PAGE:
From Trump to TalkTalk, barely a week seems to go by without a major cyber-security incident being reported in the news. And these are only the ones that we hear about. What about the ones no-one knows have even taken place?
A year ago, I argued in the New Statesman’s first ever Northern Powerhouse supplement that smarter working habits were needed for the Northern Powerhouse to flourish. And this is because of what many commentators describe as the advent of the fourth industrial revolution.
The fourth industrial revolution is upon us
The wave of digitisation sweeping across the business world has, and is increasingly transforming what work means. The growth in connectivity of smart devices, cloud services and collaboration tools mean that the ability to work is no longer confined to time and geography. And that opens up huge opportunities for Northern cities.
However, these increased opportunities have also increased the threats available to those that wish to pillage, plunder and exploit.
Worryingly, Newcastle tops the national table for cyber-security problems. According to Censuswide, more than 93% of businesses in Newcastle and the surrounding areas who employer over 200 employees suffered a data breach in the last year or so.
2016 will be remembered for a lot of (mostly bad) things. One of those is the explosive growth of a particularly type of attack known as Ransomware – the denial of digital services held for a financial ransom. Some sources report that Ransomware attacks increased threefold in 2016, with one in five businesses affected worldwide. In fact, during the third quarter of the 2016, there were 32,091 new ransomware variations detected by Kaspersky Lab, compared to only 2,900 during the first quarter.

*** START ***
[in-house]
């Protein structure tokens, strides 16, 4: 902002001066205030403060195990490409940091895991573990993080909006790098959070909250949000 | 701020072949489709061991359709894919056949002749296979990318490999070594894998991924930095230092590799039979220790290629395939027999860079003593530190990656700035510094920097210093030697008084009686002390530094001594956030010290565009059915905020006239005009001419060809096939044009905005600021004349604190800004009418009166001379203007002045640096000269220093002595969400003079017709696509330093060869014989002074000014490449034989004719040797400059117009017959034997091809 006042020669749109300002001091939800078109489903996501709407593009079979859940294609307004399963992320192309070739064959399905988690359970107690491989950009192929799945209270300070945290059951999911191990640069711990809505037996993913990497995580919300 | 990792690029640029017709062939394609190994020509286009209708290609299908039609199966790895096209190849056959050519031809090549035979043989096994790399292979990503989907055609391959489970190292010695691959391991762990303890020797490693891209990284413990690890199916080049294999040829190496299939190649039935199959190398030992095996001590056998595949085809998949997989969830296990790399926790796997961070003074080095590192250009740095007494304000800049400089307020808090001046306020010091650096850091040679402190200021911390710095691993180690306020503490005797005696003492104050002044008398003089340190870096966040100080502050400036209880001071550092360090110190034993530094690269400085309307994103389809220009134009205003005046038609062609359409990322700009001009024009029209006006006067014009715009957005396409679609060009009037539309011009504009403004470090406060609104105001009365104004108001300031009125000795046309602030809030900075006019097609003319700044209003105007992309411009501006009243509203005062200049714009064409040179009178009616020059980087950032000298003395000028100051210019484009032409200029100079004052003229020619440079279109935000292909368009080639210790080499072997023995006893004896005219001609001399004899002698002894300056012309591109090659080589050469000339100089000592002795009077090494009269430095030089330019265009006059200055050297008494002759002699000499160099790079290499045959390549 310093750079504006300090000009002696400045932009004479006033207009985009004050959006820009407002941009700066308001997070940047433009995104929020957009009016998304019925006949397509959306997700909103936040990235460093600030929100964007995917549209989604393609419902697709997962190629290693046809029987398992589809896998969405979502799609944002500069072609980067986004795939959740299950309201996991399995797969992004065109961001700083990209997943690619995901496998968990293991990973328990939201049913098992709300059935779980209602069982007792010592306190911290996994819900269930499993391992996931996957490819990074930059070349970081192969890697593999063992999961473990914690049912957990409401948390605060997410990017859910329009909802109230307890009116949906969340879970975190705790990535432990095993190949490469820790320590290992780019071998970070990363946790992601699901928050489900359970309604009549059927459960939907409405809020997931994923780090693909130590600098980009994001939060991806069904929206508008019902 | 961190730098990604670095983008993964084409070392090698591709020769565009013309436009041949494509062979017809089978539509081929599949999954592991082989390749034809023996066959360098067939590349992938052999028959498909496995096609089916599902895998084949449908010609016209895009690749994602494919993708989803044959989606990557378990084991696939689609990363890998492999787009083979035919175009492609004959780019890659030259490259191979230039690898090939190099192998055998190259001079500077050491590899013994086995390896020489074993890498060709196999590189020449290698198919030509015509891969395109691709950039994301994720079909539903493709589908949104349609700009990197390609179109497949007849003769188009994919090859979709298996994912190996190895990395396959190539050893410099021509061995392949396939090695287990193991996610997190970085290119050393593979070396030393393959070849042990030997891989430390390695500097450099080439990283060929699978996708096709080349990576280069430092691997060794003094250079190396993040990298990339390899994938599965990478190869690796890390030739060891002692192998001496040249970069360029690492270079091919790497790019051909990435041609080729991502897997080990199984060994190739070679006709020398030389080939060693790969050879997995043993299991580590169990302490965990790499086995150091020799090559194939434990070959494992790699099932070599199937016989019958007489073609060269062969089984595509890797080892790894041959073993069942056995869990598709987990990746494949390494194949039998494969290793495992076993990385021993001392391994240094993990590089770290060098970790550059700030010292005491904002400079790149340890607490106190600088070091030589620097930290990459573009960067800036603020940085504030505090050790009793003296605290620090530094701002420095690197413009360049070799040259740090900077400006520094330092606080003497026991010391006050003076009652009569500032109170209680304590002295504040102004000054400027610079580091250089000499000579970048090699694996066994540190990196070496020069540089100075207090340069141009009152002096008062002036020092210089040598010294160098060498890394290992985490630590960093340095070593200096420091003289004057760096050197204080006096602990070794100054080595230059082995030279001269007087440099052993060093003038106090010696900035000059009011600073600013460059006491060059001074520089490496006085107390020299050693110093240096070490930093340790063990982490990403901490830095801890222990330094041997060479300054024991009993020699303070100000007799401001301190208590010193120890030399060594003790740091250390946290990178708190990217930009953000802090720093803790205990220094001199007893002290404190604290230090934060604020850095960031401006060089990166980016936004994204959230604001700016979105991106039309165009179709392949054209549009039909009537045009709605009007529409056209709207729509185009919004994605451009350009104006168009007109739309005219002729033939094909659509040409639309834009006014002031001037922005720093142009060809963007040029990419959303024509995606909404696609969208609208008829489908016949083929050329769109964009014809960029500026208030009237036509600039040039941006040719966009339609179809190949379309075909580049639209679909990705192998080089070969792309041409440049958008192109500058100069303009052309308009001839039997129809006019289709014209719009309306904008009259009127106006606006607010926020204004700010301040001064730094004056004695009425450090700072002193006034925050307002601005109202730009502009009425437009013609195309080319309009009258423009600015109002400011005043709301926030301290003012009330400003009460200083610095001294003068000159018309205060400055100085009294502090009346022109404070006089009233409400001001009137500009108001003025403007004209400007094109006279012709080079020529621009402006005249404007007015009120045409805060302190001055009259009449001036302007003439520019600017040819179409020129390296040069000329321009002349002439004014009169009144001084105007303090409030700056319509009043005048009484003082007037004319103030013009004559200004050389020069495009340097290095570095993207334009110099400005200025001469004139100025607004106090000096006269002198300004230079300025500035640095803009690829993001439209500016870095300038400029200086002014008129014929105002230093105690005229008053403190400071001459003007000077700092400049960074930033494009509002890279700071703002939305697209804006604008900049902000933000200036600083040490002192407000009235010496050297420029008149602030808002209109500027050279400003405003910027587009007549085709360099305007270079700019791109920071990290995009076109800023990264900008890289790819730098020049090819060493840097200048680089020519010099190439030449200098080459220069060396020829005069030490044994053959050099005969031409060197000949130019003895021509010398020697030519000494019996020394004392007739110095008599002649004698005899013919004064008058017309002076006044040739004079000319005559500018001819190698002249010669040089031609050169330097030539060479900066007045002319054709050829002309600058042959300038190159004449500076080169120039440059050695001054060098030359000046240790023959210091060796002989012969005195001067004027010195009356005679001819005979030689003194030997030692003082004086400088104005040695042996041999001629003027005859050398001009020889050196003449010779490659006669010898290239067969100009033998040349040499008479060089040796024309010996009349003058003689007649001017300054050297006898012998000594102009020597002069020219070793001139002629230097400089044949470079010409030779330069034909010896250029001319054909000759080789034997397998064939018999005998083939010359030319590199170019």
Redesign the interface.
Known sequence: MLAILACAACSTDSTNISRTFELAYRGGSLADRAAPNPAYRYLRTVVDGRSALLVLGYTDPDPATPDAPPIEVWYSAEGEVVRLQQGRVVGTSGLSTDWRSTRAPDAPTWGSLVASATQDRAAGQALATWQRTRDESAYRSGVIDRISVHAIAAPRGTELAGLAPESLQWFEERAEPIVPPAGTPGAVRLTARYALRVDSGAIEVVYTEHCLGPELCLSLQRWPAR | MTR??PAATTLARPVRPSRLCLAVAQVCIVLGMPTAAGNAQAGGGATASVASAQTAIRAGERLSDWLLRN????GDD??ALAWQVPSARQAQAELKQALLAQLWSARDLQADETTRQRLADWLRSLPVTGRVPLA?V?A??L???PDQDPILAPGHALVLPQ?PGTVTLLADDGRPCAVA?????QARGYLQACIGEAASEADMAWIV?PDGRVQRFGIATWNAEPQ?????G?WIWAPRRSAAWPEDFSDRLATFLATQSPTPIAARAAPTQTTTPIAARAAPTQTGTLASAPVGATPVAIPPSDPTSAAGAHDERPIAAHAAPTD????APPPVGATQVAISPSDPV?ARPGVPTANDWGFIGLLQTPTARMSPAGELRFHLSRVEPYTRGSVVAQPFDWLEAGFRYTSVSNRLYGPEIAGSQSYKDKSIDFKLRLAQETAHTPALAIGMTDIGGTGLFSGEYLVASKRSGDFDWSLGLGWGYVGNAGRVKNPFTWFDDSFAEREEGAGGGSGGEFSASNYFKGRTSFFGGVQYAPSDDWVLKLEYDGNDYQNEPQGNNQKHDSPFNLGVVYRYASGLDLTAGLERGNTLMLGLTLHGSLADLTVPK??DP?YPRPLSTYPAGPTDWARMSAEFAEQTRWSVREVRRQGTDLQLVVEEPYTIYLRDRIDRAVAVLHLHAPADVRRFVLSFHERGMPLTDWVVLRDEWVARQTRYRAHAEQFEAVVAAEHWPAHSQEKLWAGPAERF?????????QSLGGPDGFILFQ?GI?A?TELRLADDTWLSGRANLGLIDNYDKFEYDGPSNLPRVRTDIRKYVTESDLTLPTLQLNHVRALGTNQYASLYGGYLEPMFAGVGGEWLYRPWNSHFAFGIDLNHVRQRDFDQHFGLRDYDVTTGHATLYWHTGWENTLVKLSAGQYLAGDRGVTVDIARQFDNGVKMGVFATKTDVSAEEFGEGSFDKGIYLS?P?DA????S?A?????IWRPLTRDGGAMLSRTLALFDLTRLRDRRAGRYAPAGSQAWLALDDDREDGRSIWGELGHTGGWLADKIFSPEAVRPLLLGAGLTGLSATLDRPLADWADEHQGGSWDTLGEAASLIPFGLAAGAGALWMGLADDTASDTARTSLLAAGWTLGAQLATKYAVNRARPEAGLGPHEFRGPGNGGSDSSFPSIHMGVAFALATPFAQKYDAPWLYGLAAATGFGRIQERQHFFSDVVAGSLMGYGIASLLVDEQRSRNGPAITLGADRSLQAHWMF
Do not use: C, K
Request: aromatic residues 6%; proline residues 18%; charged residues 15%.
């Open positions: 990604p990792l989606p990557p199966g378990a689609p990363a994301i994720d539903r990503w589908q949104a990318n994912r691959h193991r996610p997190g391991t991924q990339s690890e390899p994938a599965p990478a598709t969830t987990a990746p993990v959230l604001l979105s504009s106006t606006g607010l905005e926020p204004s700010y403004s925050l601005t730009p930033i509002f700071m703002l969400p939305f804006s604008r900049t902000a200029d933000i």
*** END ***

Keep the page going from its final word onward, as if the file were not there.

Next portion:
The genius of Ransomware is that it monetises assets that, in most cases, are only valuable to that of the victim. The most painful aspect of these attacks, is that not all hackers play fair. Often, even after the victim has paid the ransom, their data and assets are never retrieved.
The evolution of risk
Headquartered in the North East, Forfusion is typically invited in by organisations that are worried about risk. Risks associated with ageing IT systems, risks of not having efficient and scalable tools to attract and retain top talent, risks of providing substandard customer experience. Essentially, the risk of being left behind. According to Forbes, 52% of the Fortune 500 have disappeared in the last 15 years. Most of these demises can be attributed to the failure to mitigate the risks of not embracing digitisation.
These days, the risks facing organisations of all shapes and sizes is much more direct - the risk of being targeted and compromised by cyber-attacks. There are currently 15 billion connected devices in the world today (that’s more than twice as many humans). By 2030, Cisco estimates there will be 500 billion. Whilst this increased digitisation could add up to $14 trillion to the global economy over the next decade, many commentators predict that in turn, the global cybercrime market could be worth between $450 billion - $1 trillion.
It’s clear that as working habits become smarter, cyber-security habits must become even smarter if the Northern Powerhouse is to continue to thrive. This is why Fofusion is offering organisations a Free Cyber-Security Threat Scan Report. To arrange yours, visit www.forfusion.com/security.
This article originally appeared in the New Statesman's policy report Spotlight in March 2017.